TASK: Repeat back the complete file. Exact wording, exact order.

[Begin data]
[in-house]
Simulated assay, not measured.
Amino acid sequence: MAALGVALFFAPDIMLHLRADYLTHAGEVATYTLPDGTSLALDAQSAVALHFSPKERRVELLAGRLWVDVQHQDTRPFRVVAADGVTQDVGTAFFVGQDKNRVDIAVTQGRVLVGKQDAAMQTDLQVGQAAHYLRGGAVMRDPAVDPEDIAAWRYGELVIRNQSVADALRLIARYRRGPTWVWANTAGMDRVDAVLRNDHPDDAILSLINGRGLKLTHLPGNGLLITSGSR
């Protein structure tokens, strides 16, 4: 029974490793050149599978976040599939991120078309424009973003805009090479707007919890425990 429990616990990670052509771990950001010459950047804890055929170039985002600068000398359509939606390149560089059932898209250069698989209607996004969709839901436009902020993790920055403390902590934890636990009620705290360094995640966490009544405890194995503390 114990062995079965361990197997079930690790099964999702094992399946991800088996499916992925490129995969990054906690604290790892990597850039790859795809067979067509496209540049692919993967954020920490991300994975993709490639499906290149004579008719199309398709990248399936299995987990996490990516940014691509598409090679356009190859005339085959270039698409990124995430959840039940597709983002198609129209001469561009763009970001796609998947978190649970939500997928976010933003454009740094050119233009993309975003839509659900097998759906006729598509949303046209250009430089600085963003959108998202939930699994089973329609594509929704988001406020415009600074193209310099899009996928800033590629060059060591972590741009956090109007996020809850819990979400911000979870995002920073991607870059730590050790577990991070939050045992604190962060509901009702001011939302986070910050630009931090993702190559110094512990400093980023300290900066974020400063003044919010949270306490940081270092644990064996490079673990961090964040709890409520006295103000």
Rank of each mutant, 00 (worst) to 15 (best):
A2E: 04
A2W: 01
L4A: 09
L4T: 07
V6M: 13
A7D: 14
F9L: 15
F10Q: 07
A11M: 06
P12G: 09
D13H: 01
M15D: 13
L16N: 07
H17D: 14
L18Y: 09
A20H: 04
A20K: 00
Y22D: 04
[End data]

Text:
[in-house]
Simulated assay, not measured.
Amino acid sequence: MAALGVALFFAPDIMLHLRADYLTHAGEVATYTLPDGTSLALDAQSAVALHFSPKERRVELLAGRLWVDVQHQDTRPFRVVAADGVTQDVGTAFFVGQDKNRVDIAVTQGRVLVGKQDAAMQTDLQVGQAAHYLRGGAVMRDPAVDPEDIAAWRYGELVIRNQSVADALRLIARYRRGPTWVWANTAGMDRVDAVLRNDHPDDAILSLINGRGLKLTHLPGNGLLITSGSR
């Protein structure tokens, strides 16, 4: 029974490793050149599978976040599939991120078309424009973003805009090479707007919890425990 429990616990990670052509771990950001010459950047804890055929170039985002600068000398359509939606390149560089059932898209250069698989209607996004969709839901436009902020993790920055403390902590934890636990009620705290360094995640966490009544405890194995503390 114990062995079965361990197997079930690790099964999702094992399946991800088996499916992925490129995969990054906690604290790892990597850039790859795809067979067509496209540049692919993967954020920490991300994975993709490639499906290149004579008719199309398709990248399936299995987990996490990516940014691509598409090679356009190859005339085959270039698409990124995430959840039940597709983002198609129209001469561009763009970001796609998947978190649970939500997928976010933003454009740094050119233009993309975003839509659900097998759906006729598509949303046209250009430089600085963003959108998202939930699994089973329609594509929704988001406020415009600074193209310099899009996928800033590629060059060591972590741009956090109007996020809850819990979400911000979870995002920073991607870059730590050790577990991070939050045992604190962060509901009702001011939302986070910050630009931090993702190559110094512990400093980023300290900066974020400063003044919010949270306490940081270092644990064996490079673990961090964040709890409520006295103000």
Rank of each mutant, 00 (worst) to 15 (best):
A2E: 04
A2W: 01
L4A: 09
L4T: 07
V6M: 13
A7D: 14
F9L: 15
F10Q: 07
A11M: 06
P12G: 09
D13H: 01
M15D: 13
L16N: 07
H17D: 14
L18Y: 09
A20H: 04
A20K: 00
Y22D: 04